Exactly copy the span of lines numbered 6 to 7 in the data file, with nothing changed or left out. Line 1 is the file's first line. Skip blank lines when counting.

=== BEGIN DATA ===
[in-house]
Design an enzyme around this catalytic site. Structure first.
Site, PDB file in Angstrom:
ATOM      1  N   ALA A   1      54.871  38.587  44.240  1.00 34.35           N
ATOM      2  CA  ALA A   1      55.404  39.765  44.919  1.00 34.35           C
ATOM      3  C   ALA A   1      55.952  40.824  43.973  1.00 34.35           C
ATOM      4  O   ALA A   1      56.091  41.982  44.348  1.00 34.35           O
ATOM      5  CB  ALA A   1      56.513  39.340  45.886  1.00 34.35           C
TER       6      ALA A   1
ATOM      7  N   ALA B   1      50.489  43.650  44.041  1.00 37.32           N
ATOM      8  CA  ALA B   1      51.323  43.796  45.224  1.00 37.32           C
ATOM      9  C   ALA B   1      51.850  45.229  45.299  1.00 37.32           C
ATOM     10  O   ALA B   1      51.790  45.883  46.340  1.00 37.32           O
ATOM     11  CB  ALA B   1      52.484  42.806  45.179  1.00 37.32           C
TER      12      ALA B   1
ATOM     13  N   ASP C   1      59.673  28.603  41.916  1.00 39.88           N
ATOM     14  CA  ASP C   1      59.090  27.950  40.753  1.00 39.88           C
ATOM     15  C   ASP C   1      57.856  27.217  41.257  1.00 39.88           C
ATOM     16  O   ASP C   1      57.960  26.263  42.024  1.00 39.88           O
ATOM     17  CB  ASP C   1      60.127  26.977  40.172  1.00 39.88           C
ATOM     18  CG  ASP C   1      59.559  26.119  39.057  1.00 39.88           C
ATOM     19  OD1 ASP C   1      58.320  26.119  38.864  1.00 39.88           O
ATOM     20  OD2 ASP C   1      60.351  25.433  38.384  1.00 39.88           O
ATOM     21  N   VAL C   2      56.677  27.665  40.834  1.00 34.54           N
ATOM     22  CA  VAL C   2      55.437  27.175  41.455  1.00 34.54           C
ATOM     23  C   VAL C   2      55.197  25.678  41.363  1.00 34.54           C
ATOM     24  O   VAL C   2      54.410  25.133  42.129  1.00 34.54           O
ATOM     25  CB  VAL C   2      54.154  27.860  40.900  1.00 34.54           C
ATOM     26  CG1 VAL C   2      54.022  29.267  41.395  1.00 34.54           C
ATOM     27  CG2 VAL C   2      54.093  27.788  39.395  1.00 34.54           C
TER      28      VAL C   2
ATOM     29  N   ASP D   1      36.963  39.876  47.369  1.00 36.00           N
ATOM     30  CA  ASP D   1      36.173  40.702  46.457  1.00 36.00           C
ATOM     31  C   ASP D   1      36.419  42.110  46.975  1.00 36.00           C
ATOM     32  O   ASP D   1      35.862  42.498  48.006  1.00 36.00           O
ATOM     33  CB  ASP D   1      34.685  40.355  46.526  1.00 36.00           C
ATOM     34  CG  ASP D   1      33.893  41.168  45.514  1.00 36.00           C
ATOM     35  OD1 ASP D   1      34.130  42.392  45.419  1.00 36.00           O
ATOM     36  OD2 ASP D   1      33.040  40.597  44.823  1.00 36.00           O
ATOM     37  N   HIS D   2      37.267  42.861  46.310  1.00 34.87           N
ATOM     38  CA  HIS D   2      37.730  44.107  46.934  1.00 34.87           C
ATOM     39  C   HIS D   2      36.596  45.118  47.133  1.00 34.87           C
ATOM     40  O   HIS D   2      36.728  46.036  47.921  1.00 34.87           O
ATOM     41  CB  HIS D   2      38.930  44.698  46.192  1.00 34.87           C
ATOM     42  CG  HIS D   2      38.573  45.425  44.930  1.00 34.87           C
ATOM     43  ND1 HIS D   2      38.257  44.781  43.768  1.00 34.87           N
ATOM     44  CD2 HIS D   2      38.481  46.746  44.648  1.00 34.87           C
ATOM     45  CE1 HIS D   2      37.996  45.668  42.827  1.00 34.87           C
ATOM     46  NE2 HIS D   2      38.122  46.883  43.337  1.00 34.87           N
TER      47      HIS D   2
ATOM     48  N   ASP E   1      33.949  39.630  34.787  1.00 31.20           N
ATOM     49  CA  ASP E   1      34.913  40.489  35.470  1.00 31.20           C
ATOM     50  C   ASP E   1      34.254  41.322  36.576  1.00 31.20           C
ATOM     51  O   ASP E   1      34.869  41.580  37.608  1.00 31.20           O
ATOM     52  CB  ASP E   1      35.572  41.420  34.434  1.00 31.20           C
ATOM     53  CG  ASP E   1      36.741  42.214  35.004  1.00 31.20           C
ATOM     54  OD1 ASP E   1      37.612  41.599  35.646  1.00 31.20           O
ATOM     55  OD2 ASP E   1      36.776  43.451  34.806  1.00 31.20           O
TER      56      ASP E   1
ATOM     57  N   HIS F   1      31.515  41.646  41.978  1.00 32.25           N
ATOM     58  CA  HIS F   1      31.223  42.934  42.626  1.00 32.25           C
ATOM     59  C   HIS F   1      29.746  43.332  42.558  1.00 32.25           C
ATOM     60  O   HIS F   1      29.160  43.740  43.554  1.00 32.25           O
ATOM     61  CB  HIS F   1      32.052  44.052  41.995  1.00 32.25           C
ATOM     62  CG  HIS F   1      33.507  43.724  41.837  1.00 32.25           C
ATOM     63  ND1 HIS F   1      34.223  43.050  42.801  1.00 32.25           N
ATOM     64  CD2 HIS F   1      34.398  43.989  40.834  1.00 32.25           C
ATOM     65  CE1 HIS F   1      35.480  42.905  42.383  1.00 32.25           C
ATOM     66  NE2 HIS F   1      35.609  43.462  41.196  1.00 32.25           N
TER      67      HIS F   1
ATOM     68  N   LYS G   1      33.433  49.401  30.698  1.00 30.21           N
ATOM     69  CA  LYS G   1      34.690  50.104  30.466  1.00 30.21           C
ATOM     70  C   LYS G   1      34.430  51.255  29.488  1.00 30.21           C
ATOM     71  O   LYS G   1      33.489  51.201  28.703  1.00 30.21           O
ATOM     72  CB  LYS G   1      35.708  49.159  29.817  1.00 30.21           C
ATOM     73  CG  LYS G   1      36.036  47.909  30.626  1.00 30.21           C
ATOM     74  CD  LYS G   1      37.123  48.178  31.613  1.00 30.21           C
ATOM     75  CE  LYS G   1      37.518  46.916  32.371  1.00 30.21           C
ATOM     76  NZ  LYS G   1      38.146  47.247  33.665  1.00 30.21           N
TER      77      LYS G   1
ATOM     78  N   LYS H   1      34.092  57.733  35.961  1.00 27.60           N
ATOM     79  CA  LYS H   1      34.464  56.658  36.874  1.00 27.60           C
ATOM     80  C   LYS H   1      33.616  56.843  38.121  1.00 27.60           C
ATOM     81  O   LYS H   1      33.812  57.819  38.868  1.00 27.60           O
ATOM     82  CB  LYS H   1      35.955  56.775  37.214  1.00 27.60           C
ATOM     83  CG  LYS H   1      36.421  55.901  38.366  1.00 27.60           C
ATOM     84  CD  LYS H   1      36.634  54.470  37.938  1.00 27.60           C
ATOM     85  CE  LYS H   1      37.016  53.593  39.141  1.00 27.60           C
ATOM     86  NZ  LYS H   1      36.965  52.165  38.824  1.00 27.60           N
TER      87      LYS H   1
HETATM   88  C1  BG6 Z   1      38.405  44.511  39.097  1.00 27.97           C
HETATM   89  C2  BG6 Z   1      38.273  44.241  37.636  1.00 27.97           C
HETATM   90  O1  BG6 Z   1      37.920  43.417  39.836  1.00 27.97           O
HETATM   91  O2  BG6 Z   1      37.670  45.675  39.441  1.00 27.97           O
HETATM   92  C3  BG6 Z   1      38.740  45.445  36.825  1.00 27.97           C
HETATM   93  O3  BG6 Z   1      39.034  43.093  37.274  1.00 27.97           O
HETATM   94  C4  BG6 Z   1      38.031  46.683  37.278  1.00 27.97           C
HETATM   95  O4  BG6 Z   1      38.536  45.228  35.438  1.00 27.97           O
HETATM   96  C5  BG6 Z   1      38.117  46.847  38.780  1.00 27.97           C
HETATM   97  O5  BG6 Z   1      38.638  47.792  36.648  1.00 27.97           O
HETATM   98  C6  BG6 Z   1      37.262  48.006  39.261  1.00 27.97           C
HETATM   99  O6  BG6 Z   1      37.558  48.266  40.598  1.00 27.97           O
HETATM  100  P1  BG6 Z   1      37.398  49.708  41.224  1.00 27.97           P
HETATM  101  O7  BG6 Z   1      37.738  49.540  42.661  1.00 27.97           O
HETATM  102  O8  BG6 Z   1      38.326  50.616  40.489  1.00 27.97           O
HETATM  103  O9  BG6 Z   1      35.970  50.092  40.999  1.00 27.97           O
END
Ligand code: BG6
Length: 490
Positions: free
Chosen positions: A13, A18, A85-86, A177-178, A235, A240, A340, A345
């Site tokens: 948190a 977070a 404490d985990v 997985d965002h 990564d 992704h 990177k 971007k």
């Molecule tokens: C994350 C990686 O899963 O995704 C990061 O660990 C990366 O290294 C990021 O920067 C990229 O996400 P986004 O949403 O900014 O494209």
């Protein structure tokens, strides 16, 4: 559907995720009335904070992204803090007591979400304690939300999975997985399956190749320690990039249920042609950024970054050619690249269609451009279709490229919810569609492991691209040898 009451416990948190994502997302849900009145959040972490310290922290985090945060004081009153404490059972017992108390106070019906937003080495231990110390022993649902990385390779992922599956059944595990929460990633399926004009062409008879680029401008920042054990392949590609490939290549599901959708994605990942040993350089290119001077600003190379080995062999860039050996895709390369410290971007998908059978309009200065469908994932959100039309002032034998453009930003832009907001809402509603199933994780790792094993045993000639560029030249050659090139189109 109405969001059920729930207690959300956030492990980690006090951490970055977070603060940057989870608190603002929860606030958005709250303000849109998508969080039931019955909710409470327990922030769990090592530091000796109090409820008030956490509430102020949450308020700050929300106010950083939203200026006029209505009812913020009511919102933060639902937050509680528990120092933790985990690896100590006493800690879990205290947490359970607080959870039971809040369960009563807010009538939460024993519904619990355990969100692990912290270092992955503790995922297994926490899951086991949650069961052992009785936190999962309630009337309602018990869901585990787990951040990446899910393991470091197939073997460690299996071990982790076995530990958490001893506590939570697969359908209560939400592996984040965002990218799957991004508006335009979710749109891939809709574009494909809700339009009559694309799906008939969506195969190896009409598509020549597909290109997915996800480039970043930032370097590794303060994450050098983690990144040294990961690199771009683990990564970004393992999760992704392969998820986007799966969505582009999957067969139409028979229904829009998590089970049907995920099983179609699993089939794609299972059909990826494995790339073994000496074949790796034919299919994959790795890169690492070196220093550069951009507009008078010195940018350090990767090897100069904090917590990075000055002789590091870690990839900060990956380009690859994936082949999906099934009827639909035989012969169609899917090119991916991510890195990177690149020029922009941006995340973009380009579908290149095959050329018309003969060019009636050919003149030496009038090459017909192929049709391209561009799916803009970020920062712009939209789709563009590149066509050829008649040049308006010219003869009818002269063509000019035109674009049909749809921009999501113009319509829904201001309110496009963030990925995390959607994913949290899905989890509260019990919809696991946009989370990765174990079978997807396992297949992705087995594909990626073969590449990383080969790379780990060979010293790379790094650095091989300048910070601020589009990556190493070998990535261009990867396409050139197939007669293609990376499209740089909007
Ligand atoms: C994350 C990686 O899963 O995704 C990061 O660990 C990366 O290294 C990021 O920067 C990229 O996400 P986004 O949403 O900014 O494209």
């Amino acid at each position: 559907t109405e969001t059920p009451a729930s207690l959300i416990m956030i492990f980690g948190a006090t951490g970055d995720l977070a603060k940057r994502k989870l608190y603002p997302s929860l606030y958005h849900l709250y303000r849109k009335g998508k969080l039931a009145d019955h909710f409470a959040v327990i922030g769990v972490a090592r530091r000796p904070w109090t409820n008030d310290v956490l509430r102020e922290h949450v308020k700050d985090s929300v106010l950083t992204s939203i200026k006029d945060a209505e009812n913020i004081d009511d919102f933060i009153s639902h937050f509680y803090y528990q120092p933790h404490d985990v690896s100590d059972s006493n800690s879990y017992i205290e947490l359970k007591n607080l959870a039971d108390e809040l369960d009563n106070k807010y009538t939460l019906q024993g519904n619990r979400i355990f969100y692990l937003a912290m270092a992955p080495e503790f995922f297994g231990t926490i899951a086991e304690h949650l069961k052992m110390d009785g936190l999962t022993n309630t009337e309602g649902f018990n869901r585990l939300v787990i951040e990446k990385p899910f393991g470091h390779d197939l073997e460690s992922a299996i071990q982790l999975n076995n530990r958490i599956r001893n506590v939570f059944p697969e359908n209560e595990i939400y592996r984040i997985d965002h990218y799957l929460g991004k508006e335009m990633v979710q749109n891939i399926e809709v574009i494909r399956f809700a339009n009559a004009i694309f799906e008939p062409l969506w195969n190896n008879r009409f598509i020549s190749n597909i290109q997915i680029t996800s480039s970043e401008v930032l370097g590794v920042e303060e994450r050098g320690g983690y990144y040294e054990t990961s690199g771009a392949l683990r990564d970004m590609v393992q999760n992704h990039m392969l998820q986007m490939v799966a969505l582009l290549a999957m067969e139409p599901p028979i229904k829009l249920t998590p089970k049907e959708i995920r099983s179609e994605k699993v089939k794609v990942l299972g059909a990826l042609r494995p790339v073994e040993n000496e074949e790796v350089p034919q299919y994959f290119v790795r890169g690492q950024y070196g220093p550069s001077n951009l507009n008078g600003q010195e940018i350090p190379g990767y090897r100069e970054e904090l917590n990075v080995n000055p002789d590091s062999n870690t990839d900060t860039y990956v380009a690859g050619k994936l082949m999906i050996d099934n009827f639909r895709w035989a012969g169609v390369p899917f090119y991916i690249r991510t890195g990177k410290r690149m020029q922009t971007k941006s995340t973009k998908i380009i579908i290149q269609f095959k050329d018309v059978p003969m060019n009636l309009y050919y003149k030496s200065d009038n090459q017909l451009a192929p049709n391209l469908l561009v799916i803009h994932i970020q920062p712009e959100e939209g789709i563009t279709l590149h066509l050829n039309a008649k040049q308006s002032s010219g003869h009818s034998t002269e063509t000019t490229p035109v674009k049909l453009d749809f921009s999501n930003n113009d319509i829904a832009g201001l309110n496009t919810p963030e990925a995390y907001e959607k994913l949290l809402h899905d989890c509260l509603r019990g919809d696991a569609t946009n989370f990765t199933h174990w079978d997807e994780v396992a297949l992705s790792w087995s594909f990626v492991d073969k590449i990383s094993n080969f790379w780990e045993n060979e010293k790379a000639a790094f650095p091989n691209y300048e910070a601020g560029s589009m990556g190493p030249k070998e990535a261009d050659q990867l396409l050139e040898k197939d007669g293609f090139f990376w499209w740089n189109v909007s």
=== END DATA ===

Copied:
ATOM      3  C   ALA A   1      55.952  40.824  43.973  1.00 34.35           C
ATOM      4  O   ALA A   1      56.091  41.982  44.348  1.00 34.35           O